Because I’m a very visual person, and it is probably my primary “goal” when it comes to learning Japanese.

  4. Listening
    Mainly because of Japanese media and, in my case, for music, anime, movies, games.

  5. Writing / Speaking
    These are the more “active” skills when we learn a language, and although they are very important, I believe they ultimately become less so if, for instance, you don’t have plans to live in Japan or you don’t have native speakers friends or acquaintances. Don’t get me wrong, I still want to visit Japan and I’d be delighted if I could hold a basic conversation with someone (speaking), or if I made a Japanese friend so we could text in Japanese (writing). It just isn’t my personal top priority for the moment.

Vocabulary
Kanji
Reading
Listening
Speaking
Grammar
Writing

I am surprised at the near equal priority people have for vocabulary and grammar. In the vast majority of languages on the planet, you can communicate and be understood (albeit with a bit of difficulty) with no grammar knowledge whatsoever. Don’t get me wrong, I know the importance of the knowledge and understanding of proper grammar. I just do not personally evaluate it’s importance anywhere near that of vocabulary. :smiley:

It’s a conventional learner mistake- when you think you need to know all grammar to speak with natives and enjoy their content. You obviously need a base since Japanese has a completely different sentence structure, but it’s not that much.
All these cases from Reddit where people pass n1 in a year and a half from 0 usually follow the same path- covered basics (tae kims/ wasabi or organic Japanese with cury) then they just dived deep into native content where they learned the rest of grammar from context.

I have an American friend who frequently travels around former soviet states, he can speak Russian, can freely express his thoughts, and have a very good understanding of the language. According to him the biggest boost towards his proficiency in Russian was just memorizing words/expanding his vocabulary. Learning grammar points, different cases, conjugations is great, but one day he just decided to leave it all behind and focus on vocabulary. Long story short- he became fluent in 1.5 years, he’s friends who began studying with him- they diligently continued to study Russian grammar from textbooks- in the end, none of them learned how to speak and they just decided to abandon it.

As he put it: Vocabulary is king in foreign language learning.

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I feel like a lot of people undervalue the important of grammar here lol. Especially, Japanese which has many layers in its langauge.

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It is very important imo. Grammar is includes conjugations, adjectives, tenses, verbs, nouns, adverbs, particles etc, almost everything under the sun of any language basically.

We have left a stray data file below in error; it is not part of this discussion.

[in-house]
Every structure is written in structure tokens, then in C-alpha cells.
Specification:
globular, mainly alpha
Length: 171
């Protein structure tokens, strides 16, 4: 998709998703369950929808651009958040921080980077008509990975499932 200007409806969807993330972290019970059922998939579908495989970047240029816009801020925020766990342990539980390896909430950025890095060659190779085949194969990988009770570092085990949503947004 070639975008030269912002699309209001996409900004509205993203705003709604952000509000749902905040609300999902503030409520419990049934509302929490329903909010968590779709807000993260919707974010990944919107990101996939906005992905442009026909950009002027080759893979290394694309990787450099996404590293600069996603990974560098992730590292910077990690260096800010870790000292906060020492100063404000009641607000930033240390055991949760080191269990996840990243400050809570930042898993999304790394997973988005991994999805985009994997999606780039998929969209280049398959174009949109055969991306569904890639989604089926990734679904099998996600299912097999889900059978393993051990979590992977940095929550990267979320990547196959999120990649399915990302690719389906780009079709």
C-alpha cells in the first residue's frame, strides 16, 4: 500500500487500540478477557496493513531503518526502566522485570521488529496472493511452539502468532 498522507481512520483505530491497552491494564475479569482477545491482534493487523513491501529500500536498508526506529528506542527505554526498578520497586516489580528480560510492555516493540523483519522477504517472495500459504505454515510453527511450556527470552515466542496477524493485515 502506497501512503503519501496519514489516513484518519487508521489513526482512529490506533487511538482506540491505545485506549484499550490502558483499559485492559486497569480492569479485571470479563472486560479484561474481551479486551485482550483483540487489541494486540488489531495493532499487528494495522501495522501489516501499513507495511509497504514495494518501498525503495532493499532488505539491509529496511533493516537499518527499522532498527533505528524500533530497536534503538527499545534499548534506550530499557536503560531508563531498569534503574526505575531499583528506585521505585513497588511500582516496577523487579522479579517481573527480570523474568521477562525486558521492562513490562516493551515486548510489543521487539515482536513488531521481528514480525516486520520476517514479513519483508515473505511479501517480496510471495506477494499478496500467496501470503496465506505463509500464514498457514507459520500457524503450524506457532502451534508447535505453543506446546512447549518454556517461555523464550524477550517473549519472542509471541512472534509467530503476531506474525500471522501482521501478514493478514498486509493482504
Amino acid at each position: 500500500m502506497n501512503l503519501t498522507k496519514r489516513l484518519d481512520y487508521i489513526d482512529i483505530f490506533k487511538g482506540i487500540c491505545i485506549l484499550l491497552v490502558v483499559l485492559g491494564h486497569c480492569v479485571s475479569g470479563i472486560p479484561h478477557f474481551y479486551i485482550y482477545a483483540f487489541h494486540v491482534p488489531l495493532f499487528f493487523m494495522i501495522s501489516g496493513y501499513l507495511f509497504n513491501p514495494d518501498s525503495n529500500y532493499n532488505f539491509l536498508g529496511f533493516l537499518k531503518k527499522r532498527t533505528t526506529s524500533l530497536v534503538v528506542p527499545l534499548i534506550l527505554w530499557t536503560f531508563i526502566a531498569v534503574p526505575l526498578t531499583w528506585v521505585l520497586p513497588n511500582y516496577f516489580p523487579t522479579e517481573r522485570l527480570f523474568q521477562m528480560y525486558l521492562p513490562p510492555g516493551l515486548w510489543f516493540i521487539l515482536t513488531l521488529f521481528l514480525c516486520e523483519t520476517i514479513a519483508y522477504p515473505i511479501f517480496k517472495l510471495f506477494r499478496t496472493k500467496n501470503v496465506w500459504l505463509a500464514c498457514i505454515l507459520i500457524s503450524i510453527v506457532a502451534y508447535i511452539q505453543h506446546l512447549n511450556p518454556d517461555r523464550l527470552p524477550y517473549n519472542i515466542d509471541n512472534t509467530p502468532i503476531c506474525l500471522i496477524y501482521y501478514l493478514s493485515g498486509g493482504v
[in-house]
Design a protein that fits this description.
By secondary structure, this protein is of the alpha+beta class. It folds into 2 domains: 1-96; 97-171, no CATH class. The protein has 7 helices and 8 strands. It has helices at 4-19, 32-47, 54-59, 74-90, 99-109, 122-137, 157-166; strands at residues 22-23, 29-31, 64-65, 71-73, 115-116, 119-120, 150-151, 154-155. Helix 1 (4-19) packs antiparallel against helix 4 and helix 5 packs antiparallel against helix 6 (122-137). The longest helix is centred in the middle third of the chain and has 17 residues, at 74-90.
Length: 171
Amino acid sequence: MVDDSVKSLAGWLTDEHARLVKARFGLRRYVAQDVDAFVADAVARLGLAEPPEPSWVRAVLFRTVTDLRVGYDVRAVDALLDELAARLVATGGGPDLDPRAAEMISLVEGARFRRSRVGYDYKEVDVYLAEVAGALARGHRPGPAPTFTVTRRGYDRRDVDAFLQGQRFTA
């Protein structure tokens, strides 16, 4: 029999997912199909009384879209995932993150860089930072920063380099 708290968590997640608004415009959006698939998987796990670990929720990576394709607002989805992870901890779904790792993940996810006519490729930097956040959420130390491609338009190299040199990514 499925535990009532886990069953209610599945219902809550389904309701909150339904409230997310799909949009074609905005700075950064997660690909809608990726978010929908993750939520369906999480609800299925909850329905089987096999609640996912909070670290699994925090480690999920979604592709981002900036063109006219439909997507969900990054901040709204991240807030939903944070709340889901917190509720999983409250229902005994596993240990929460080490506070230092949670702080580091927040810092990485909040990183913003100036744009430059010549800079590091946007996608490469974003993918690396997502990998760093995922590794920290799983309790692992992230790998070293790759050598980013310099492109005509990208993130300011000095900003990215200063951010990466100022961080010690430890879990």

you can communicate and be understood with no grammar knowledge whatsoever

I disagree with this point. You’ll be saying words individually without stringing a proper sentence in this case because if you do, it means that you have grammar knowledge. Imagine if a native of English language went to Japan, just knowing vocabulary but not knowing the basic SOV sentence structure, not knowing particles and not knowing verb conjugation (just knows the dictionary form) and he is telling locals that he wants to eat sushi.

私。食べる。寿司(すし) (Uses SVO sentence structure)

The message conveyed isn’t anywhere close to his/her intention.

But like others have said in this thread, I agree that studying Grammar can be put on the backburner after you have a solid grasp on it.

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I think it depend on his langauge goal. If he just want to have basic communication like. This Buy Good Bad Cheap Expensive No OK I think that’s fine.

I doubt without grammar you would even understand Shonen manga. You would just get the gist of basic idea of what are they talking about and half of the time misleading without grammar knowledge.

I think without grammar, even kindergarten level books can’t be understood completely, let alone Shonen Manga.

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I mean you can learn all the grammar in the world you want, I think having a foundations is good enough as long as you are using the language. I know that I can read shonen manga like One Piece etc. (I obviously did grammars for 6 months 3 hours a day before I quit grammar)

I know for english I didnt even learn any grammar I just picked what I heard/read/saw and tried to communicate on online games with friends. I mean in the end if Japanese seems complicated to us westerners it remains a language and Im tired of seeing Japanese being put on that pedestal as being impossible lol. (Oh and I am still the typo maker in any language even in my native language and I dont care about being perfect)

If they could have a game like habbo JP if someone know one. I would spend my day on it haha after work. I used to learn english that way.